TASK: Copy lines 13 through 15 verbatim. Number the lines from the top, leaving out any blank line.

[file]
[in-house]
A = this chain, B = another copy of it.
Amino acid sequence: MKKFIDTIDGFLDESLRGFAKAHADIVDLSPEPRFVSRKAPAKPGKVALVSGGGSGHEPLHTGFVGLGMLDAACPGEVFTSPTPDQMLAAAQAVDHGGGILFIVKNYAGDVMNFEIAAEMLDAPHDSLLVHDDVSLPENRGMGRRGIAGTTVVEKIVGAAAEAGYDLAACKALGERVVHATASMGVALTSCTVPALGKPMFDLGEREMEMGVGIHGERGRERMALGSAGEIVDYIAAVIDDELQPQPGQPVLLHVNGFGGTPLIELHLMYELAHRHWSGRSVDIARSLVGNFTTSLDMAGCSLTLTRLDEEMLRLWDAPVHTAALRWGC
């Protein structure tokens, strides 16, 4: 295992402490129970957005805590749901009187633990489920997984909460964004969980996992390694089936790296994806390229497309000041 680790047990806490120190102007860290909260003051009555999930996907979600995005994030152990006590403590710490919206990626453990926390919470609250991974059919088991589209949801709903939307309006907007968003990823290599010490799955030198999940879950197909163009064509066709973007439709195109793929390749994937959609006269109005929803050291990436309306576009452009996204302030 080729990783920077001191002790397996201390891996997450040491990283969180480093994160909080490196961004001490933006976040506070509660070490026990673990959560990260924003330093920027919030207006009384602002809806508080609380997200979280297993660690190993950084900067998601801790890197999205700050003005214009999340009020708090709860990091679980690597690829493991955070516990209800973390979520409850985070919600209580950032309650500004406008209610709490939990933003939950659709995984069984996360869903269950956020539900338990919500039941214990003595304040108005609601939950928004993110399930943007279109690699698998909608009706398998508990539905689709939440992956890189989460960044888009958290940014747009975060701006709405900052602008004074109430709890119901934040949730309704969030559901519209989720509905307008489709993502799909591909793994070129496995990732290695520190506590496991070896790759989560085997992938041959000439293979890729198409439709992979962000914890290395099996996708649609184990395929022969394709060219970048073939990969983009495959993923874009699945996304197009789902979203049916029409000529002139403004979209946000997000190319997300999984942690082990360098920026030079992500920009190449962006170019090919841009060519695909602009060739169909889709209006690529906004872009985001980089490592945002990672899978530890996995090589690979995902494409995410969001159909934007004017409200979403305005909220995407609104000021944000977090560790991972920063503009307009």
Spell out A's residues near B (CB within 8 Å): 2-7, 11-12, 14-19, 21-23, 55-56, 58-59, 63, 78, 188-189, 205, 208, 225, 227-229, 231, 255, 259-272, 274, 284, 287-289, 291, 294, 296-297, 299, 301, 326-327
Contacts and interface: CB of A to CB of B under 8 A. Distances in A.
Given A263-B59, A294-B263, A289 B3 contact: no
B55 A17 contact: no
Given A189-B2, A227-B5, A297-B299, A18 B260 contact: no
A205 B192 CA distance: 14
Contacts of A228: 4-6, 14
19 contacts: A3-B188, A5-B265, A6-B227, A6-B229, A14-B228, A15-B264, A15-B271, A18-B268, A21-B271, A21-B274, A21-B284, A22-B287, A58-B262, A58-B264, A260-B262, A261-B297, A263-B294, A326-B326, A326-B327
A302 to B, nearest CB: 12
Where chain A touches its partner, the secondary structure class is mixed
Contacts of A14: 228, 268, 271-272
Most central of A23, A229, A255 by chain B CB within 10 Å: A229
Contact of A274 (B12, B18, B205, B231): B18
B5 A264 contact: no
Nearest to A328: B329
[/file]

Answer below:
A302 to B, nearest CB: 12
Where chain A touches its partner, the secondary structure class is mixed
Contacts of A14: 228, 268, 271-272